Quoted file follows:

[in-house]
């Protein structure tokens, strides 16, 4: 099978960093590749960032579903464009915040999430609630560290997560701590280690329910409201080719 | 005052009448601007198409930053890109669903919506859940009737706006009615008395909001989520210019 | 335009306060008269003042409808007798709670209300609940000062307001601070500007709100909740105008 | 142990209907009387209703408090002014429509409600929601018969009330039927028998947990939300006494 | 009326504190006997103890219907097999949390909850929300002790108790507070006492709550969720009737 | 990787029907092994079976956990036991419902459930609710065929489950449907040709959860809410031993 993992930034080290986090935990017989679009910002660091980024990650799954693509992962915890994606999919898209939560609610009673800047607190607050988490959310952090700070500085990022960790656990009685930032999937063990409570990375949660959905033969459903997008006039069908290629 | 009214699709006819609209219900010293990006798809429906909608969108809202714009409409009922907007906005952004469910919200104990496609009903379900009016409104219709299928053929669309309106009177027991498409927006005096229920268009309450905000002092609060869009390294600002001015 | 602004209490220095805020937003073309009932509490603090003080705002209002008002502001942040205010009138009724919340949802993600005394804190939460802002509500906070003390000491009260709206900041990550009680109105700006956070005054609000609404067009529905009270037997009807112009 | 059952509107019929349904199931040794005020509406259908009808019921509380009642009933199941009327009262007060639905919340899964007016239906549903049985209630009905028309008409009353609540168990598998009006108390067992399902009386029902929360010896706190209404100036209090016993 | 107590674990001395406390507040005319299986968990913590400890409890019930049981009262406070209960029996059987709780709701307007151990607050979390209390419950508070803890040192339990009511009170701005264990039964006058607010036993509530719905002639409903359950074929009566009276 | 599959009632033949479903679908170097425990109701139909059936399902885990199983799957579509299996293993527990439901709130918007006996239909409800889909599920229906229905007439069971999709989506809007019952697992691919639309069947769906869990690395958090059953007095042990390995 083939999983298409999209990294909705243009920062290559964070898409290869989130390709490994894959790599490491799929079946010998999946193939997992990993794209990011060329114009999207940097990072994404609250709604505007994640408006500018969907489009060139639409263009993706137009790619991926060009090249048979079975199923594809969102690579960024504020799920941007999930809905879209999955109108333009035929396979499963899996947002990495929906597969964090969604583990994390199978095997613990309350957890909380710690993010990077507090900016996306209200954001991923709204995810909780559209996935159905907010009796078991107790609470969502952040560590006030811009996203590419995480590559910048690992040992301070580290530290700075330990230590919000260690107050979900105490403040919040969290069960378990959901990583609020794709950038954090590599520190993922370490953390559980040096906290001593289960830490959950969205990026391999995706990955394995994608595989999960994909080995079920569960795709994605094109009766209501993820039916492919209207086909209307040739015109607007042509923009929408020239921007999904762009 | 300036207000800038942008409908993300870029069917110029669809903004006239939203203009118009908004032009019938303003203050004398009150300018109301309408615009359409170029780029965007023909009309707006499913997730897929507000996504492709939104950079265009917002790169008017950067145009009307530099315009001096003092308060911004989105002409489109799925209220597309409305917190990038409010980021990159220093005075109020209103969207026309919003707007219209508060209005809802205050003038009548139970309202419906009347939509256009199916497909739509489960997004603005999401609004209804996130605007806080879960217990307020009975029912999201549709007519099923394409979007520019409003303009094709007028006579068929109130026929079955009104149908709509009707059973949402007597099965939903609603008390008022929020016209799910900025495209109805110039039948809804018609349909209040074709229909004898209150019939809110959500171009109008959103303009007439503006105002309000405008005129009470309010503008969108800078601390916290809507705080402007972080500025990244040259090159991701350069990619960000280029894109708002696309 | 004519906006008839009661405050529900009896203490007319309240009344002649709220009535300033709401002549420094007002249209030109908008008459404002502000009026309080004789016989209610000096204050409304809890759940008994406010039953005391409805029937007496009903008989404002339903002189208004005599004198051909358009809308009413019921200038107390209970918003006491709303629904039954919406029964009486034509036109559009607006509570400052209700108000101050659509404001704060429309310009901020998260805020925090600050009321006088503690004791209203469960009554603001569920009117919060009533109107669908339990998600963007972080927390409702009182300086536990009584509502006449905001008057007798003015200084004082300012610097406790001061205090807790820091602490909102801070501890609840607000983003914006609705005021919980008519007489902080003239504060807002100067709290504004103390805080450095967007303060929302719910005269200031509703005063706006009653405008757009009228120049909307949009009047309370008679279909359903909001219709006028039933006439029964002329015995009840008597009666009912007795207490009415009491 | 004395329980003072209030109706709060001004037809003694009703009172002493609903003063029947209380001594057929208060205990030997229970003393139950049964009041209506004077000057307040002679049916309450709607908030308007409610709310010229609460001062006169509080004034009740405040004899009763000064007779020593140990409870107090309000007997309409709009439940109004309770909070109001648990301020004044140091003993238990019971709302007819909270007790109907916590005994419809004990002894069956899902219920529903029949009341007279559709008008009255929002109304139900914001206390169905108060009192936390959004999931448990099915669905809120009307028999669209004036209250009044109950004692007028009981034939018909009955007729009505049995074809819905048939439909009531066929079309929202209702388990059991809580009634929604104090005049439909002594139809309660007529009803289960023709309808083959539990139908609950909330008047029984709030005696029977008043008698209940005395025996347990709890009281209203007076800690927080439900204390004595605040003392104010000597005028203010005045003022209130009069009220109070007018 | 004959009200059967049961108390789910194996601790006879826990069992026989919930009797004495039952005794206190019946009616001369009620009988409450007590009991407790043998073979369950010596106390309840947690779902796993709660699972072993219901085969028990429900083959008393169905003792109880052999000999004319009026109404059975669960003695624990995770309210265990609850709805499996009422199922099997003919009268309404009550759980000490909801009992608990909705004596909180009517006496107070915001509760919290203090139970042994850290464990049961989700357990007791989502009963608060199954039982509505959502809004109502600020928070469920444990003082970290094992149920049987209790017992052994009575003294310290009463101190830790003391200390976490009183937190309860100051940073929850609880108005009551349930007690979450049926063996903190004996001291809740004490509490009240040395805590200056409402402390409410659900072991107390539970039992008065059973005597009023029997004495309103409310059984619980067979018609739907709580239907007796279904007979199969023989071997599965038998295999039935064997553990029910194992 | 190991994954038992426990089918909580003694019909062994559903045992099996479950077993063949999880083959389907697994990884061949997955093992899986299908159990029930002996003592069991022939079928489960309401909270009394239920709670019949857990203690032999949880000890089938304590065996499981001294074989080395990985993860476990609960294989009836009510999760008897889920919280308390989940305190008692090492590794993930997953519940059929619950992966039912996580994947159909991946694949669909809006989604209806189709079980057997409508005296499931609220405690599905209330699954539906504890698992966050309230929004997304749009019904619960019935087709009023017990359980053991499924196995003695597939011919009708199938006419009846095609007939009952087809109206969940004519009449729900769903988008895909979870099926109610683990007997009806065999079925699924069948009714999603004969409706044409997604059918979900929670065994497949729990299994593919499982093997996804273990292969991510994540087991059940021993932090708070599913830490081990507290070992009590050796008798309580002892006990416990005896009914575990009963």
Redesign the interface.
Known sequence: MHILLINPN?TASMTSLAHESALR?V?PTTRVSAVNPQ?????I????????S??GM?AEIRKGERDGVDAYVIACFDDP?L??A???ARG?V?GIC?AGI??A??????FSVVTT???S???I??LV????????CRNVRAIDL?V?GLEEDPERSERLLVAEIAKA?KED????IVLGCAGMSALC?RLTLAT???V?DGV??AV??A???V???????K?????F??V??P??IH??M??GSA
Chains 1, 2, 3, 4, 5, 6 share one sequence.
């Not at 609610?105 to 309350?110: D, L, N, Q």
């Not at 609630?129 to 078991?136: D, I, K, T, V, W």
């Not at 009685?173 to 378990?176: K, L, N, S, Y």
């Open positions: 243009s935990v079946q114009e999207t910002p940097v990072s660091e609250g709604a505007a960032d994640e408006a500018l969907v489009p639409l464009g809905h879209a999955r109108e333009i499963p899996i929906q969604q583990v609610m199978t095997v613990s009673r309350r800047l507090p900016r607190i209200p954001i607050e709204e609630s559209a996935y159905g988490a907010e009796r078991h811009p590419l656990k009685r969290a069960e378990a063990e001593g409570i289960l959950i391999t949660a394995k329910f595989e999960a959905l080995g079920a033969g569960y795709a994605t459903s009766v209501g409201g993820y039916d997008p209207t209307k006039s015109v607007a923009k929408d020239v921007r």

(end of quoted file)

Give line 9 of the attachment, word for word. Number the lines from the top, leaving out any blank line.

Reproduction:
């Open positions: 243009s935990v079946q114009e999207t910002p940097v990072s660091e609250g709604a505007a960032d994640e408006a500018l969907v489009p639409l464009g809905h879209a999955r109108e333009i499963p899996i929906q969604q583990v609610m199978t095997v613990s009673r309350r800047l507090p900016r607190i209200p954001i607050e709204e609630s559209a996935y159905g988490a907010e009796r078991h811009p590419l656990k009685r969290a069960e378990a063990e001593g409570i289960l959950i391999t949660a394995k329910f595989e999960a959905l080995g079920a033969g569960y795709a994605t459903s009766v209501g409201g993820y039916d997008p209207t209307k006039s015109v607007a923009k929408d020239v921007r």